January Bestseller

Here are our bestsellers for the middle of January:

1  Life of Pi by Yann Martel

2  Anna Karenina by Leo Tolstoy

3  One Shot: Jack Reacher by Lee Child

4  Les Miserables by Victor Hugo

5  Thanks, Help, Wow by Anne LaMott

6  The Hobbit by J R R Tolkien

7  Flight Behavior by Barbara Kingsolver

8  Destiny of the Republic by Candice Millard

9  Gone Girl by Gillian Flynn

10  The Fault in Our Stars by John Green

October Bestsellers

Here are our bestsellers for the beginning of October:

1  Mark of Athena by  Rick Riordan

2  The Casual Vacancy by J K Rowling

3  No Easy Day: The Firsthand Account of the Mission That Killed Osama Bin Laden by Mark Owen

4  The Perks of Being a Wallflower by Stephen Chbosky

5  A Wanted Man by Lee Child

6  Destiny of the Republic: A Tale of Madness, Medicine and the Murder of a President by Candice Millard

7  Winter of the World by Ken Follett

8  Zoo by James Patterson

9  America Again: Re-Becoming the Greatness We Never Weren’t by Stephen Colbert

10  Love Anthony by Lisa Genova

Destiny of the Republic

Candice Millard’s gripping biography Destiny of the Republic: A Tale of Madness, Medicine and the Murder of a President is an astounding read.  This book documents the incredible life of President James Garfield.  He rose up from poverty to become a scholar, a Civil War hero, a congressman, and finally president.  Millard not only explores his life and assassination, but also the medical practices that occurred during that time period; all in all creating a fascinating read covering the late nineteen hundreds.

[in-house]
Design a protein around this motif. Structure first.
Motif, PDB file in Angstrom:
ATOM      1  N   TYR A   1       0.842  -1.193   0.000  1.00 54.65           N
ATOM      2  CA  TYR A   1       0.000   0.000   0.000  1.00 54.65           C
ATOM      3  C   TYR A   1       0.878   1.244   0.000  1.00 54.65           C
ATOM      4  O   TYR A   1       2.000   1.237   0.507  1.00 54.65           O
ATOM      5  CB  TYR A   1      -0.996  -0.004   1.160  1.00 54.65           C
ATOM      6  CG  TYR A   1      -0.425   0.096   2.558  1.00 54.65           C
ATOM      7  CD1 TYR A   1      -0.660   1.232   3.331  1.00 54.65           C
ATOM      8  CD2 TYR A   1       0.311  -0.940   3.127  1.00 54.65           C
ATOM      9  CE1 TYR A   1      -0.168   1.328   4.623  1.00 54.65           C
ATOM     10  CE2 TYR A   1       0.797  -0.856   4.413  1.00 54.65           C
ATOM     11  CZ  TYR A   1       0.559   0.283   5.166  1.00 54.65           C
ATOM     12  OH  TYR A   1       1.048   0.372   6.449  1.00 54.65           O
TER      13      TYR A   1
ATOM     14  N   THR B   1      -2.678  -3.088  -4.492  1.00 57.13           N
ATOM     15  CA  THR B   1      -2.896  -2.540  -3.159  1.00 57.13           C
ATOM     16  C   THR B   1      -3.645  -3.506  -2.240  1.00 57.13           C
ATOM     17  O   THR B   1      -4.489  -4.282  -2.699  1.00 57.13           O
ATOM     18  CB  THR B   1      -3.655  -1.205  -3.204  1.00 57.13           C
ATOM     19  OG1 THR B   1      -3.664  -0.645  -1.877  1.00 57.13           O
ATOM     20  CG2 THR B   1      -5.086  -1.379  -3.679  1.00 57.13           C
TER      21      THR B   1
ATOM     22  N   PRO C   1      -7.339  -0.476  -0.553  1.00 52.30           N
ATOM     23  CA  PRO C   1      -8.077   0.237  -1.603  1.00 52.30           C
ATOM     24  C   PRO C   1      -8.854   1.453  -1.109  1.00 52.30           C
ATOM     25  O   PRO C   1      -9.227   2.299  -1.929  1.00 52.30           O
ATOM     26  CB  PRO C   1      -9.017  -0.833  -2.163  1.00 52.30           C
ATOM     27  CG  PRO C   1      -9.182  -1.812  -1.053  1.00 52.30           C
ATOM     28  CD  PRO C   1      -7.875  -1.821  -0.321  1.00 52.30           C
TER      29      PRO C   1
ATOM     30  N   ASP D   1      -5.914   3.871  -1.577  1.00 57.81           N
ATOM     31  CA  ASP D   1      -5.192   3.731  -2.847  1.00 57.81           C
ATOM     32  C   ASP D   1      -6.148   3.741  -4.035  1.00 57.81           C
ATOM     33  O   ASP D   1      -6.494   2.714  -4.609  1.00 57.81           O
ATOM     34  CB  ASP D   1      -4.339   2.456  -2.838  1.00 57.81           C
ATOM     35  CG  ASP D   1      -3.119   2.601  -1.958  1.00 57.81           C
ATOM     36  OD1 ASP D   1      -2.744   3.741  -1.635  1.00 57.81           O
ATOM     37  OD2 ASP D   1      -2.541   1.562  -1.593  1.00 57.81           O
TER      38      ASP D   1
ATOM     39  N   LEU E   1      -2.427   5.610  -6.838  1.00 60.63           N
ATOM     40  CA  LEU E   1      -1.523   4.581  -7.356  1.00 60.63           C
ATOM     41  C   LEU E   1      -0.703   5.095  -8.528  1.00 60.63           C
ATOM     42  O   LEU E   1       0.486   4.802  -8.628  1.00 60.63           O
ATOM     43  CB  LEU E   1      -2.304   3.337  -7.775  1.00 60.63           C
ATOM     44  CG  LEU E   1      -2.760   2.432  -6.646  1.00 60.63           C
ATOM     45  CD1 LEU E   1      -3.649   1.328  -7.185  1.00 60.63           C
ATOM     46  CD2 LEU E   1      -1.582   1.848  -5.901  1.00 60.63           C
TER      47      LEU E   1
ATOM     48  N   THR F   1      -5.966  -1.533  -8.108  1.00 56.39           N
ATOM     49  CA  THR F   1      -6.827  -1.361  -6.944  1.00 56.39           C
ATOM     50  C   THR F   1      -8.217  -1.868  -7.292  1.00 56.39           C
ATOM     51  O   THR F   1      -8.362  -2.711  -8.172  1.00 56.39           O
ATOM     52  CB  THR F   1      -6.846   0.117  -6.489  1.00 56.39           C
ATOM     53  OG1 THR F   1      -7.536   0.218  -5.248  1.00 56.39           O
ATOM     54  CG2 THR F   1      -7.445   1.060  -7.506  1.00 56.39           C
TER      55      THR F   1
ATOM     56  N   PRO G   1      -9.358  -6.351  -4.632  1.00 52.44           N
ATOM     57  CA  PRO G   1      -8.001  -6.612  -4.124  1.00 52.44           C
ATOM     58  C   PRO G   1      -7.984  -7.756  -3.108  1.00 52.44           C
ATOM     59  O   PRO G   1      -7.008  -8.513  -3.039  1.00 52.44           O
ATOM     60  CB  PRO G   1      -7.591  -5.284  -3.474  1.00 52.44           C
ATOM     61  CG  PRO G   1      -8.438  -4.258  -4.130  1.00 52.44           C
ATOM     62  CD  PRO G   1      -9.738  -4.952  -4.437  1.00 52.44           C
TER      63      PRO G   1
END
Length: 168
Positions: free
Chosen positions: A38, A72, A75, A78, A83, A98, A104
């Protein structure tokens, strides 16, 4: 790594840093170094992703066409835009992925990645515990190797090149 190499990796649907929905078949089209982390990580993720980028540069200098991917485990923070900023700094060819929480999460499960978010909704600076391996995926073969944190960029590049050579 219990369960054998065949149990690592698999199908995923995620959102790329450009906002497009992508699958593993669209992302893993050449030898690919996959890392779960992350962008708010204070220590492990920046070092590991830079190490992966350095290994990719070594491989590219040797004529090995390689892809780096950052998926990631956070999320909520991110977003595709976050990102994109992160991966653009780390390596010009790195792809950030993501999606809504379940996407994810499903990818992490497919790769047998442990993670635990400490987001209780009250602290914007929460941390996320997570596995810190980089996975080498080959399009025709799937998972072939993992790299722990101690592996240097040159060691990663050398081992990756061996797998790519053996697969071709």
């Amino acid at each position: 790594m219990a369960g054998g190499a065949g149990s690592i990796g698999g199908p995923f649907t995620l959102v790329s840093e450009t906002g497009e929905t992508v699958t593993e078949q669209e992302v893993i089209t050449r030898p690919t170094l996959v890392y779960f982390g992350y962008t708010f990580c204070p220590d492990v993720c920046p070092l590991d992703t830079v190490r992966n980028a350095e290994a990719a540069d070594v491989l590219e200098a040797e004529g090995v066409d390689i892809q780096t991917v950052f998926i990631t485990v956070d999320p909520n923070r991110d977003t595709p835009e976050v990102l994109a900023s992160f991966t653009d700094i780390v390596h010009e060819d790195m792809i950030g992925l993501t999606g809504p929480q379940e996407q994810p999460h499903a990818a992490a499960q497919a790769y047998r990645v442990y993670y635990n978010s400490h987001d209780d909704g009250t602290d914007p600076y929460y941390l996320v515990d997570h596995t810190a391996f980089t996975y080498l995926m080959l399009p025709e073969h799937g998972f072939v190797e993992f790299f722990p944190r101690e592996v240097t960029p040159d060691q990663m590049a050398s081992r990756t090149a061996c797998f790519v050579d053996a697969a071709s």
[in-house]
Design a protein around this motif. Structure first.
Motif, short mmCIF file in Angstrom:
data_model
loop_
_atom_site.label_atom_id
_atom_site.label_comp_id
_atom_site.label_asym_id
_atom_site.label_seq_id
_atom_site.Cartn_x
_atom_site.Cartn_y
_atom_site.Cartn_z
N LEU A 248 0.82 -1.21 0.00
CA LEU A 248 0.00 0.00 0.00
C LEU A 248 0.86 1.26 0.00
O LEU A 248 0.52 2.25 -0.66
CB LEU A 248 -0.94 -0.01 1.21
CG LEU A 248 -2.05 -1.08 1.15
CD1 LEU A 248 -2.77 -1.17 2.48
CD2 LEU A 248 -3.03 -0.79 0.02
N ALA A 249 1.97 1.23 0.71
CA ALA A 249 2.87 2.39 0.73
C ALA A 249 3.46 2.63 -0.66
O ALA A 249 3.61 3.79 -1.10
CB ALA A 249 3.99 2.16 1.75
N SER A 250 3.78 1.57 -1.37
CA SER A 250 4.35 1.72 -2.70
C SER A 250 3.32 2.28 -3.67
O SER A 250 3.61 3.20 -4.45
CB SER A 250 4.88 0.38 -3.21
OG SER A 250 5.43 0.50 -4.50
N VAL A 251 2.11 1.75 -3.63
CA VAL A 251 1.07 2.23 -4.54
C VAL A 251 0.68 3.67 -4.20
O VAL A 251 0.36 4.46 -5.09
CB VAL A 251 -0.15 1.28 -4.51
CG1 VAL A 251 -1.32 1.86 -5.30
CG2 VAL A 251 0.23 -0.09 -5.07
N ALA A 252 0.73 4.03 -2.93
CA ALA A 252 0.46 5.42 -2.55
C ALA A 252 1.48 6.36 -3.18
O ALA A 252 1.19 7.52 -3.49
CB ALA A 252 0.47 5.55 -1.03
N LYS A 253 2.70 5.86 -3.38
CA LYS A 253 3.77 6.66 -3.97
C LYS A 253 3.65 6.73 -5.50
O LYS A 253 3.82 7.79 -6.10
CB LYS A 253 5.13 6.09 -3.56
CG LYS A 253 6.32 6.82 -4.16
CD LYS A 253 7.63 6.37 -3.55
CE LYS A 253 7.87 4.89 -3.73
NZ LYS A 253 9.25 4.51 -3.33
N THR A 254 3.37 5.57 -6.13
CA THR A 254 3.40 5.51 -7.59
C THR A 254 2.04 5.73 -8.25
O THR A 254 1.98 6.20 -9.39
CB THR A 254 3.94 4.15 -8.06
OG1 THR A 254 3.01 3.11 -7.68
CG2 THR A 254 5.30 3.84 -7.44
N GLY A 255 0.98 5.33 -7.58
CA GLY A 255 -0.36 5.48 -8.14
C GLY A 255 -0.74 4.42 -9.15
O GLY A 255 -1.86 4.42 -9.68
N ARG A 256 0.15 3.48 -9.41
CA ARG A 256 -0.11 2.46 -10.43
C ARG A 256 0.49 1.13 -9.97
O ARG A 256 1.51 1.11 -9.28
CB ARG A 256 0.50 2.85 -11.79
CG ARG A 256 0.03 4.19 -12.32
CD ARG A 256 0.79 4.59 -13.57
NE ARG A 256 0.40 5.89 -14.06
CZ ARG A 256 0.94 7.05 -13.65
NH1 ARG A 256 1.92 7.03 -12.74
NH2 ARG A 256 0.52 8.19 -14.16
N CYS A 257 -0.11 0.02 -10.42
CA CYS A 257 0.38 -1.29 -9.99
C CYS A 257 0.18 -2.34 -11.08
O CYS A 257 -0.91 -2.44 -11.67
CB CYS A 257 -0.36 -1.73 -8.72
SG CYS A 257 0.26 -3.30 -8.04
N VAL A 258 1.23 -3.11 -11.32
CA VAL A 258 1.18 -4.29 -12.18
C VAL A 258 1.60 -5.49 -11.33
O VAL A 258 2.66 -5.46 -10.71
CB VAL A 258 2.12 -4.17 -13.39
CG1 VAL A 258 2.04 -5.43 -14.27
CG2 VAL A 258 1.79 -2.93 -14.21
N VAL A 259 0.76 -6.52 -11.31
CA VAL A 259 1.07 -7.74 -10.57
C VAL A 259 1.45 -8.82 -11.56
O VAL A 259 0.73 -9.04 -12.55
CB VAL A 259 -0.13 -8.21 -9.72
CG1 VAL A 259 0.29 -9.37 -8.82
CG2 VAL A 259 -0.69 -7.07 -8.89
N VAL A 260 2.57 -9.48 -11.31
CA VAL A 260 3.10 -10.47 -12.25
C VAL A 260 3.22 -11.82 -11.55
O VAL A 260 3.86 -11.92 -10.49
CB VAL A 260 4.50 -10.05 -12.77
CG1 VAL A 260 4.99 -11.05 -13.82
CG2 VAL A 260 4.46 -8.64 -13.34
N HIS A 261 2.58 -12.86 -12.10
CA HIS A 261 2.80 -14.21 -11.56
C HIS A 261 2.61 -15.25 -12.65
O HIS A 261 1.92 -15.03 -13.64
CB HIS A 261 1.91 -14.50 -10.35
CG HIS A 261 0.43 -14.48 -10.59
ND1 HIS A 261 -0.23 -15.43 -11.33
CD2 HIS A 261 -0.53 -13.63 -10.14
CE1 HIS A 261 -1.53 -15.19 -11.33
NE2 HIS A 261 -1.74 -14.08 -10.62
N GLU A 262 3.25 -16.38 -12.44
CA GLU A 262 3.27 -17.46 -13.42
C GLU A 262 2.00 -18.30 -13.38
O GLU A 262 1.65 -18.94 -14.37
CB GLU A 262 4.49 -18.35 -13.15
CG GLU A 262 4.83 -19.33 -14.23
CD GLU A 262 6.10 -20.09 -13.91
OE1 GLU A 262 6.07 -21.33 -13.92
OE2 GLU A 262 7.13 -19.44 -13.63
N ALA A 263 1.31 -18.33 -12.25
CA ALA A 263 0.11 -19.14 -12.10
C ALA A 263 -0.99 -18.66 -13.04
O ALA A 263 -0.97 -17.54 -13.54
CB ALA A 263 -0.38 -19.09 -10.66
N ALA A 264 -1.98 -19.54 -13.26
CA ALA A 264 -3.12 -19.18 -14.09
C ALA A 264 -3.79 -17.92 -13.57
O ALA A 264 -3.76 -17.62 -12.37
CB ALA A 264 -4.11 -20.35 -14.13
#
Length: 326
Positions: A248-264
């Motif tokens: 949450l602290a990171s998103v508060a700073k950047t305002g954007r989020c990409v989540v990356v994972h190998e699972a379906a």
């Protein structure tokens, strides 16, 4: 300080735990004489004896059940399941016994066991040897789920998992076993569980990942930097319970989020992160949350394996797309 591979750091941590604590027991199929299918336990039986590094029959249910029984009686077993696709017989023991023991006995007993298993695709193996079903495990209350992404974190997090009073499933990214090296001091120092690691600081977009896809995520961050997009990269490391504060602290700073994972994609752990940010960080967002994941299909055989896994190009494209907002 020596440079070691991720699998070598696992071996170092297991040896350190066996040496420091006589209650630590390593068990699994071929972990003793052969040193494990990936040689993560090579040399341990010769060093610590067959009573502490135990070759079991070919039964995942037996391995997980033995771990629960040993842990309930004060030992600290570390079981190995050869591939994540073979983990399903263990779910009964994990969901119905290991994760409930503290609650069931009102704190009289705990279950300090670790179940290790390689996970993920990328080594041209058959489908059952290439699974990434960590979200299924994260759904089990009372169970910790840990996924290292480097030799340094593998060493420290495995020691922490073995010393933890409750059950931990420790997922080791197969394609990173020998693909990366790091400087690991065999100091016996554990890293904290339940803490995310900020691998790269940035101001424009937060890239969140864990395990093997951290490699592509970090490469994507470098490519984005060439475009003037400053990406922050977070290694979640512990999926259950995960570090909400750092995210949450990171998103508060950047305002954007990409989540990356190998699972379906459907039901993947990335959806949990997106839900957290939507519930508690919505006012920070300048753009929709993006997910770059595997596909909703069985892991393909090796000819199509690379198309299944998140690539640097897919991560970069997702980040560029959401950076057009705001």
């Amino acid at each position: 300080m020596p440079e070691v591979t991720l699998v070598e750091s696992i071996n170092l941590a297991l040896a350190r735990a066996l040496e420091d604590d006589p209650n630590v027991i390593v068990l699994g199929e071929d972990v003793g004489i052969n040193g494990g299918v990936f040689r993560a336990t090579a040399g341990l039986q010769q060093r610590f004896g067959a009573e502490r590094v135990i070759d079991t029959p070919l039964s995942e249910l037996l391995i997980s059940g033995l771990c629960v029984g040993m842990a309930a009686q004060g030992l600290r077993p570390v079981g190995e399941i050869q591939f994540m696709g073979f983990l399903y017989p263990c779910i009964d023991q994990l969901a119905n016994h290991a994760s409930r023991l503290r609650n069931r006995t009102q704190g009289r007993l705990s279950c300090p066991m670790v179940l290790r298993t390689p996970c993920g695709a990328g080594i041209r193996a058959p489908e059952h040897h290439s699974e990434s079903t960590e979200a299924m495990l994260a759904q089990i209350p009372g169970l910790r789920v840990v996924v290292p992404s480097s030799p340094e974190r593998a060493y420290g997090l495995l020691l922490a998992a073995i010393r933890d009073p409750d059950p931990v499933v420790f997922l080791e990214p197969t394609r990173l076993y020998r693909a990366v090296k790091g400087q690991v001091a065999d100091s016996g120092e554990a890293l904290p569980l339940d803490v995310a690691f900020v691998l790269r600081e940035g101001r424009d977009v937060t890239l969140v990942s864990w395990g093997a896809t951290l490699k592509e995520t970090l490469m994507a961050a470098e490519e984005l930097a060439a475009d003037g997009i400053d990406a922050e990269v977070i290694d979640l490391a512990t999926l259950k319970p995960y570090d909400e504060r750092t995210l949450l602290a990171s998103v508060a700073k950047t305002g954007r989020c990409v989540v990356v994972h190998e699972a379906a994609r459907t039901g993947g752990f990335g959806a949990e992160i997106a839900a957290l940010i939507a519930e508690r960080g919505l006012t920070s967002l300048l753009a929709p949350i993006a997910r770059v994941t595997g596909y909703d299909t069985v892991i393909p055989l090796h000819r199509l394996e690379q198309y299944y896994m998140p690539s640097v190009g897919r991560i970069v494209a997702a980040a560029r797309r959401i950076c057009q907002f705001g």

I loved how easy this book was to get into.  Millard did such a marvelous job of taking a dry subject and making it interesting.  There was so much knowledge included in the book, but I never felt bored or overwhelmed with the facts.  Instead, I found myself eager to get home to finish reading it.  I was also intrigued with Millard’s portrayal of  Garfield’s assassin.  She really attempted to show his perspective and reasoning as to why he attempted to murder the president, along with his descent into mental illness.  I was also astounded by the medical sanitation, or complete lack thereof, at the time and general medical practices overall.  Garfield’s death was not from the bullet lodged in him, but rather from the “medical care” he received.  Needless to say, we have come along ways from those days of germs and dirt. This is a great book to read this fall and already a bestseller.